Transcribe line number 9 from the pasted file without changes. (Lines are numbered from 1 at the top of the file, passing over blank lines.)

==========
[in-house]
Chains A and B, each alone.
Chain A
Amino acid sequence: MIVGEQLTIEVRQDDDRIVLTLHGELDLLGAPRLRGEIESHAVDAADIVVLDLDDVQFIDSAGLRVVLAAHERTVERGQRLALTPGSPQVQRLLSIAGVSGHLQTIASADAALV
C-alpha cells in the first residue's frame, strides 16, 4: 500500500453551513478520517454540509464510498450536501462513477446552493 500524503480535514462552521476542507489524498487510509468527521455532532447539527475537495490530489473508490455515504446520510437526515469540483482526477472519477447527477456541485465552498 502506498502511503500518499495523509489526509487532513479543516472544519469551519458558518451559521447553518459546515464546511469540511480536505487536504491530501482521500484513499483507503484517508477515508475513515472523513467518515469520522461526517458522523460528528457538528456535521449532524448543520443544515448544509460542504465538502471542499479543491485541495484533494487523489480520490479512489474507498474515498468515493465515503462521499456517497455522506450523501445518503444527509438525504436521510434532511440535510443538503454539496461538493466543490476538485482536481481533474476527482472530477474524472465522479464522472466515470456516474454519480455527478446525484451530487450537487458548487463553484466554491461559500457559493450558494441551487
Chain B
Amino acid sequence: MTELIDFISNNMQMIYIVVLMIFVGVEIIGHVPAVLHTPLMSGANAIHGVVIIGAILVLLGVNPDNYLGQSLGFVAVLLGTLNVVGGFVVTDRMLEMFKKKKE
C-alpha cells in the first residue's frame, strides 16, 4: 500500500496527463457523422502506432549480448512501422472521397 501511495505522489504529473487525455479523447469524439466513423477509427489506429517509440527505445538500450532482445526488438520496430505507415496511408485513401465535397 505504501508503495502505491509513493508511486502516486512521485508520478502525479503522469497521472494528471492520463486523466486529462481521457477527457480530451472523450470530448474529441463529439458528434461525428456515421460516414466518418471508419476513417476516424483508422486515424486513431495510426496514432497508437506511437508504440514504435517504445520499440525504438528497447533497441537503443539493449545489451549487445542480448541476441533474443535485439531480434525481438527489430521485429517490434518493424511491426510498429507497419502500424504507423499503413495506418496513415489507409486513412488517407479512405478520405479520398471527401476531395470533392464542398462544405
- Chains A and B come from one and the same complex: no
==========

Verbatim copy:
- Chains A and B come from one and the same complex: no